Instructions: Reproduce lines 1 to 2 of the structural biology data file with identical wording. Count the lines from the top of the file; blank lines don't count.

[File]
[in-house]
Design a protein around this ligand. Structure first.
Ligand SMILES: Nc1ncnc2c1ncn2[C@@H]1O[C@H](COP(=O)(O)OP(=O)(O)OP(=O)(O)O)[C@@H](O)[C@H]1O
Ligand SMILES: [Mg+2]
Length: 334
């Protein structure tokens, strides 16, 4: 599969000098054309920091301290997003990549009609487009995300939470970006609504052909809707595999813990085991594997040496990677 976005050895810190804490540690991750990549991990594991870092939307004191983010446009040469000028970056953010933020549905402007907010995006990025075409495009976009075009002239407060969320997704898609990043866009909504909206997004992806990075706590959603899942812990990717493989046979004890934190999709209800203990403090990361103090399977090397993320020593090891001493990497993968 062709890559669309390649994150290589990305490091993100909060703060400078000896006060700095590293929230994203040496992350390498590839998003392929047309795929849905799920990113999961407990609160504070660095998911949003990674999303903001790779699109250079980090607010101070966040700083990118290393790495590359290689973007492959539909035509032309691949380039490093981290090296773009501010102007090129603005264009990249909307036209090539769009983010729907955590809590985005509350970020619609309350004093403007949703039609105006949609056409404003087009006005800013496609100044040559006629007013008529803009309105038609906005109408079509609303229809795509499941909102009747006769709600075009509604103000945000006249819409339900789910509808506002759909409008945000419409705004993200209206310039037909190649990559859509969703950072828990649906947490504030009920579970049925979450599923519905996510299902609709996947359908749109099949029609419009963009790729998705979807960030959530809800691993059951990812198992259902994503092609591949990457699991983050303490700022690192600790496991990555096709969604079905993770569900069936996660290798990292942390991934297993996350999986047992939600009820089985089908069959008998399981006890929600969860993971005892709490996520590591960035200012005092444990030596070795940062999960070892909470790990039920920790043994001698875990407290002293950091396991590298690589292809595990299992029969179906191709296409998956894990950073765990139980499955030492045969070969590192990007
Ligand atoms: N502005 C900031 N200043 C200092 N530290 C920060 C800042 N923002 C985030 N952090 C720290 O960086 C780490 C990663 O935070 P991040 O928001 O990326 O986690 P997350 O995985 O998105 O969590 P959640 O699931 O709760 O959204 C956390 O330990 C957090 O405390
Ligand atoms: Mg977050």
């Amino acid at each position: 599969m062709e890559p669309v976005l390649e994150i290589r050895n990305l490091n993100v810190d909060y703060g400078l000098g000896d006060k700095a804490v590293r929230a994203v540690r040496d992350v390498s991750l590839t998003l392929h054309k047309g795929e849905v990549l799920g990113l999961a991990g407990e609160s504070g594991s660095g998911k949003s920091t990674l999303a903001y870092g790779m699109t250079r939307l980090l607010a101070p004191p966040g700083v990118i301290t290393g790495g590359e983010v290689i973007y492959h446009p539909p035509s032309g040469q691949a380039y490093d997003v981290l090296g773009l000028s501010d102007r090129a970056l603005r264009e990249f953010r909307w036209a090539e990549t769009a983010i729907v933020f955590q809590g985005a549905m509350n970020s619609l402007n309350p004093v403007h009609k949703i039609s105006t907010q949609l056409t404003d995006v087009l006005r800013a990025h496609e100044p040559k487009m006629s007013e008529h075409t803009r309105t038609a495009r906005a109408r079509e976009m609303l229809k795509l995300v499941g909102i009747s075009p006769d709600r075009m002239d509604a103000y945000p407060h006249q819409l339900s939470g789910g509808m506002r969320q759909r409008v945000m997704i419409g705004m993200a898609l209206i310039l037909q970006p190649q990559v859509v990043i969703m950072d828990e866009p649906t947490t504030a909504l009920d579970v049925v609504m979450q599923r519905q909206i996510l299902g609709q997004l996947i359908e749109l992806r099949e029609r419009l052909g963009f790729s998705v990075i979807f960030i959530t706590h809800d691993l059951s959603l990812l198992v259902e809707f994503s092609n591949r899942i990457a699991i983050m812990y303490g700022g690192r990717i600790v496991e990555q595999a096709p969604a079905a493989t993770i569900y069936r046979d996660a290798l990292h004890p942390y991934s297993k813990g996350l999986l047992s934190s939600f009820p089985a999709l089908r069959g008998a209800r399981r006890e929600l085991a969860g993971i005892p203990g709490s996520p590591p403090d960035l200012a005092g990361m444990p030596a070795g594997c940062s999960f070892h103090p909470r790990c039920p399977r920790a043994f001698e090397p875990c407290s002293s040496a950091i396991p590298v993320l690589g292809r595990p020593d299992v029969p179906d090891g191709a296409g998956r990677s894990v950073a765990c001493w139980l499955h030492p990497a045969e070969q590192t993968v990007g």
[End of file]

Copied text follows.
[in-house]
Design a protein around this ligand. Structure first.